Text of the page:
Myriam Piguet received her IB Diploma in 2011 from the Mutuelle d’Études Secondaires in Geneva, Switzerland. She studied History in Belgium and Denmark and worked in journalism in Belgium and France, and she is currently a PhD student studying the history of international organizations and teaches at the University of Geneva in Switzerland.
Why did you decide to pursue the Diploma Programme?
I had rather serious academic difficulties when I was around 15 years old, and, despite my motivation, the Swiss system did not offer a path that would have given me access to higher education. I was too unruly and had dyslexia. That was when I joined the Mutuelle d’Études Secondaires. From the very beginning, the IB programme, which allowed me to focus on the subjects that I liked the most, seemed like the best option to me and my parents (as opposed to, for example, the French educational system).
What advice do you have for current IB students?
Choose the subjects that you enjoy the most. The IB allows you to choose from among lots of different subjects (depending on the school) and is not limited to the idea that students have to choose either science or literature. I personally chose History and Art as my main subjects. Currently, I am working towards my PhD in History, and I think that these two subjects taught me a lot, especially Art which requires students to create projects over a long period for the final exam.
How did the IB broaden your horizons and impact your career and your beliefs?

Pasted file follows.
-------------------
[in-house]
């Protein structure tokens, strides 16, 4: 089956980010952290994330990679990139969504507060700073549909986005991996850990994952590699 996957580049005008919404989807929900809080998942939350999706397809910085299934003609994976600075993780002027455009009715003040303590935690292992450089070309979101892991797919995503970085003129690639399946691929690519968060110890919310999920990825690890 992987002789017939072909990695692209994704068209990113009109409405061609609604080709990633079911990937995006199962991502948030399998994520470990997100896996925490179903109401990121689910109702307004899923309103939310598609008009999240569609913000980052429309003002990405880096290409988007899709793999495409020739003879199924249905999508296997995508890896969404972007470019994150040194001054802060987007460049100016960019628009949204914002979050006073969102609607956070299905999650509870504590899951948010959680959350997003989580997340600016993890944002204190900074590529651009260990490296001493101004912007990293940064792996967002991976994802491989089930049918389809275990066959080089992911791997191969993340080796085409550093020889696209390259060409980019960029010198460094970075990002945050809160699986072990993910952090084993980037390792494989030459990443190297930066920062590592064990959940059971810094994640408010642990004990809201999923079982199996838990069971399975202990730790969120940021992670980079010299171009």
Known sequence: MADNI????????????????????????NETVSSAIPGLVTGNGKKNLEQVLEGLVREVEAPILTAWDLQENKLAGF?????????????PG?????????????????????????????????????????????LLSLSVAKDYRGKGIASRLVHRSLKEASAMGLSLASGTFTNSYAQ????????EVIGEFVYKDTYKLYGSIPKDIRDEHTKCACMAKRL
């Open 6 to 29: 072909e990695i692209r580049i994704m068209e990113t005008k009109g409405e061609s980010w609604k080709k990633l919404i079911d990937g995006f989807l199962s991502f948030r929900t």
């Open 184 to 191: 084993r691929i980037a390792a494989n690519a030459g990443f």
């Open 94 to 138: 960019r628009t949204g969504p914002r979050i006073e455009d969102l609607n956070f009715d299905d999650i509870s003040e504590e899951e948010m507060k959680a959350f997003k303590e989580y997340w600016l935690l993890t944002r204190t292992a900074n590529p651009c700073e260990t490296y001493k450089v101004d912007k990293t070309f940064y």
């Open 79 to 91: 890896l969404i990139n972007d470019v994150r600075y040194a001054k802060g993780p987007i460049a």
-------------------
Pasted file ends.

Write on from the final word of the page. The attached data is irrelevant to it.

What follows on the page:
I currently teach at a university. The IB and the Mutuelle d’Études Secondaires taught me independence and empathy. I also think that the IB prepared me well for university. I have a bachelor’s degree from the Free University of Brussels, a country that I didn’t know very well, however, I adapted very quickly to the Belgian system. This is most likely because the IB system teaches students just that: adaptation. I think that it also teaches students how to be open-minded.
What was the most memorable part of your IB experience?
The greatest advantage of the IB, for me, was the possibility to take certain exams one year in advance. Since school was sometimes a source of anxiety, this option allowed me to work more calmly. In this way, I was able to pass the Biology final exam (which was—at least for me—one of the hardest subjects) at the end of my second year.
Without a doubt, the most memorable part was the long hours spent in the art workshop working on my projects. If I remember correctly I took 8 hours of art courses per week during my second and third year. It was cool! Once I graduated, however, I decided not to continue on that path. And still, despite all the hours spent painting instead of writing essays, I was just as prepared as my classmates when I started my bachelor’s degree in History, and I generally had no difficulty.
Finally, know that I am immensely grateful to the IB system, and I think that I wouldn't have been able to obtain my diploma without it!